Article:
Our luck held; we were able to sneak into her house unseen and get her cleaned up before anyone saw her. But we never had any desire to return to Action Park.

 

 

Profile photo of Dave Ventre Dave Ventre
A hyper-annuated wannabee scientist with a lovely wife and a mountain biking problem.


Tags: Dating, amusement park, Action Park, New Jersey, 80s
Characterizations: well written

Comments

  1. Suzy says:

    Dave, this is incredible! I’m a born-and-bred Jersey Girl, but never heard of Action Park, probably because I moved to California in 1974 and it opened in 1978. I remember Palisades Amusement Park (“swings all day and after dark”), but that was a very different place. I’m glad you and Cindy both survived your day at Action Park unscathed, and the blood she was covered with was not her own.

  2. John Shutkin says:

    Scary story, Dave. And, yes, I was well aware of this place and its nickname of “Class Action Park, which I always appreciated, as I had to deal with class actions of another sort (securities fraud) throughout my career. Although those cases were, happily, always bloodless, other than metaphorically.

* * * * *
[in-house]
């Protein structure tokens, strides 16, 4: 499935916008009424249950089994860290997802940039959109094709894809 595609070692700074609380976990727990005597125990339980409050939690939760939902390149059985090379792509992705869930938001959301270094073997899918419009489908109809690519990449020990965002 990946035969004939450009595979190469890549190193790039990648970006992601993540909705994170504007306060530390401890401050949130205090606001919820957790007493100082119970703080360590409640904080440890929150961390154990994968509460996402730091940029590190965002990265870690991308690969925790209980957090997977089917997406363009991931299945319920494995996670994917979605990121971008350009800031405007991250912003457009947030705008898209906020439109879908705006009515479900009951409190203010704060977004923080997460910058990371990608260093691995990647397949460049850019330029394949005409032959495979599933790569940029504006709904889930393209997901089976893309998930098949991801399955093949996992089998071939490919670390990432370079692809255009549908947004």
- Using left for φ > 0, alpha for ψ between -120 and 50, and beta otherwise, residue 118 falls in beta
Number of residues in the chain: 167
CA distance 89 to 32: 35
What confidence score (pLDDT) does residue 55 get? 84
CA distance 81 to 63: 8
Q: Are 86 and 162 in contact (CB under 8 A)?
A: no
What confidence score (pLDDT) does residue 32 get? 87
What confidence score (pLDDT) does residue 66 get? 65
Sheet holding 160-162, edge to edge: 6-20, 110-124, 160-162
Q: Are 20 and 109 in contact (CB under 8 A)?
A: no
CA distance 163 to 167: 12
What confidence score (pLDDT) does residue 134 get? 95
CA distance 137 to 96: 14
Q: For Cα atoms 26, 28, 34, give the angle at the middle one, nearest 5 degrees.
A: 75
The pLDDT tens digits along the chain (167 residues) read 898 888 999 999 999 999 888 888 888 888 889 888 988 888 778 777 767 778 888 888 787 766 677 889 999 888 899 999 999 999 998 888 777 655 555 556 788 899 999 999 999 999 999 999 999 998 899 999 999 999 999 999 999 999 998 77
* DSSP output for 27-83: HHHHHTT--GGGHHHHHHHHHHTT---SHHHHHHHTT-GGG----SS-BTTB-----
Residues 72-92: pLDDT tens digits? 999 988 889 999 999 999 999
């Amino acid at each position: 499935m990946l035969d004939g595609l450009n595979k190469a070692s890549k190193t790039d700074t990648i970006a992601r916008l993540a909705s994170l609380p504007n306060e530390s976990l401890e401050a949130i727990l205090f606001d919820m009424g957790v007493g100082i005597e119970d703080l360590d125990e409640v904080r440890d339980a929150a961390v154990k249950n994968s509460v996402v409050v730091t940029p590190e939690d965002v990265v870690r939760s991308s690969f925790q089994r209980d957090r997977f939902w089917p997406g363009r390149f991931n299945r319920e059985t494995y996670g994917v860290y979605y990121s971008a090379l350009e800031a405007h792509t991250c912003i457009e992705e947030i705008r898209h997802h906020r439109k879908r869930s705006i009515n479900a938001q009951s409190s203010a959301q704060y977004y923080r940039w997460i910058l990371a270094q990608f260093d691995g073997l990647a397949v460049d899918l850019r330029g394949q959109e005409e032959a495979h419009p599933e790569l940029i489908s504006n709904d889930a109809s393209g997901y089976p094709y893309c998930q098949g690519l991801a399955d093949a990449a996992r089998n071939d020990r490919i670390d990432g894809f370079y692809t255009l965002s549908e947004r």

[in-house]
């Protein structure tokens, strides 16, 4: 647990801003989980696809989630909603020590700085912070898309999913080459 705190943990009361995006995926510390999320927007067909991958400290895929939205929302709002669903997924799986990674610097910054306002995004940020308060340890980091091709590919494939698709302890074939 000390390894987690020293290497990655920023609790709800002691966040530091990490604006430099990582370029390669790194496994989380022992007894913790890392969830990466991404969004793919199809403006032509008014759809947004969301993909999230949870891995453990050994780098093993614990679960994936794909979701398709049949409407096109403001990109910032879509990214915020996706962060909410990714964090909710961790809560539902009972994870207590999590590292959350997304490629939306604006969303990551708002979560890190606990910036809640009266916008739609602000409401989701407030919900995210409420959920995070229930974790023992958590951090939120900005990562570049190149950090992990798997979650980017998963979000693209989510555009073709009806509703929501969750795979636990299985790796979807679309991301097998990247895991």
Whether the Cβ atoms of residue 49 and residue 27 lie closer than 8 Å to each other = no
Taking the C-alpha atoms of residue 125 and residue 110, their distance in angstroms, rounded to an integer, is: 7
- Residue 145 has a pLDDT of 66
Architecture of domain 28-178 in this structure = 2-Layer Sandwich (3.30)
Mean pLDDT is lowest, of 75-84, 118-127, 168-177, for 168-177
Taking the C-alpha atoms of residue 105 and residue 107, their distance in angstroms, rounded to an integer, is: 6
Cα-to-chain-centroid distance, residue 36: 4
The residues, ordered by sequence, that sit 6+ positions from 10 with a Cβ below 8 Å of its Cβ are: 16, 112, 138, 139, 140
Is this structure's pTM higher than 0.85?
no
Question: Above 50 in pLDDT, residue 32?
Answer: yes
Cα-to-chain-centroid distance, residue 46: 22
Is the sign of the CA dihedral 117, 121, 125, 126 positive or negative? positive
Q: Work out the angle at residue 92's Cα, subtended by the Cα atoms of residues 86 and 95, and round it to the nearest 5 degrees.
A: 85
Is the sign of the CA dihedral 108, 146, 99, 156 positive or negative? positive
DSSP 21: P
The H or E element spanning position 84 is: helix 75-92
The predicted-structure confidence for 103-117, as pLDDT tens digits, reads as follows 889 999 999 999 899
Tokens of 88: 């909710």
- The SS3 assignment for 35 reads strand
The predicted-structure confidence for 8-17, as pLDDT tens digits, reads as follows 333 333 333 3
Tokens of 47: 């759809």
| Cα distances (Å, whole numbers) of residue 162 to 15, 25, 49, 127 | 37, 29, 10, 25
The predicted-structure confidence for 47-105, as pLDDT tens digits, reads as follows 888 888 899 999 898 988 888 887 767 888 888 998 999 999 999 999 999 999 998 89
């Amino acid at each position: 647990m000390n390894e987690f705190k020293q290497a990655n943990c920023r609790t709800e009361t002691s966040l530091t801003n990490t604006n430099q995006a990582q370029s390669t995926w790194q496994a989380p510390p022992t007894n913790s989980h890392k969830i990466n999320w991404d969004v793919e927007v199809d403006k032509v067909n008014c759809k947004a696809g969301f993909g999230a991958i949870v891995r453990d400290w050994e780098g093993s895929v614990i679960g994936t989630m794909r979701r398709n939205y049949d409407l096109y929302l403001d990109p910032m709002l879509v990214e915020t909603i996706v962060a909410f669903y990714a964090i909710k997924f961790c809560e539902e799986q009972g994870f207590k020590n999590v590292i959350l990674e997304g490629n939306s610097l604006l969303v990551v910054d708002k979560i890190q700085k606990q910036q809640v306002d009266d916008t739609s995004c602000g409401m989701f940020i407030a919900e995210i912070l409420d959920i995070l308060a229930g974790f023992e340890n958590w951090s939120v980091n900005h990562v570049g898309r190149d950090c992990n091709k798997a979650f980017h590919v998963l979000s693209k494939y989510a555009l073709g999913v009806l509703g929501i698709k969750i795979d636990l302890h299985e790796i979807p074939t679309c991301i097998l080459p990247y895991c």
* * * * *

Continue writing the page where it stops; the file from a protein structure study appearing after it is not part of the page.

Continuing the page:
3. Wow Dave, I remember hearing about Action Park but after reading your story I have no regrets that I was never there!

    As a Bronx girl, like Suzy I remember Palisades Amusement Park, and also Rye Playland and Freedomland, all great fun!

  4. Khati Hendry says:

    What a story, and so well told! Your vivid description of the various choices for torture made it sound like you might have actually tried them all. Yikes.
    There was a very rickety roller coaster at Glen Echo Park in Bethesda, which I rode once in high school. No blood, but it was terribly unsafe–I seriously thought I was going to be catapulted off any moment, and I believe they ultimately did shut it down after some incidents. Glad it was just a near miss for Cindy, and you.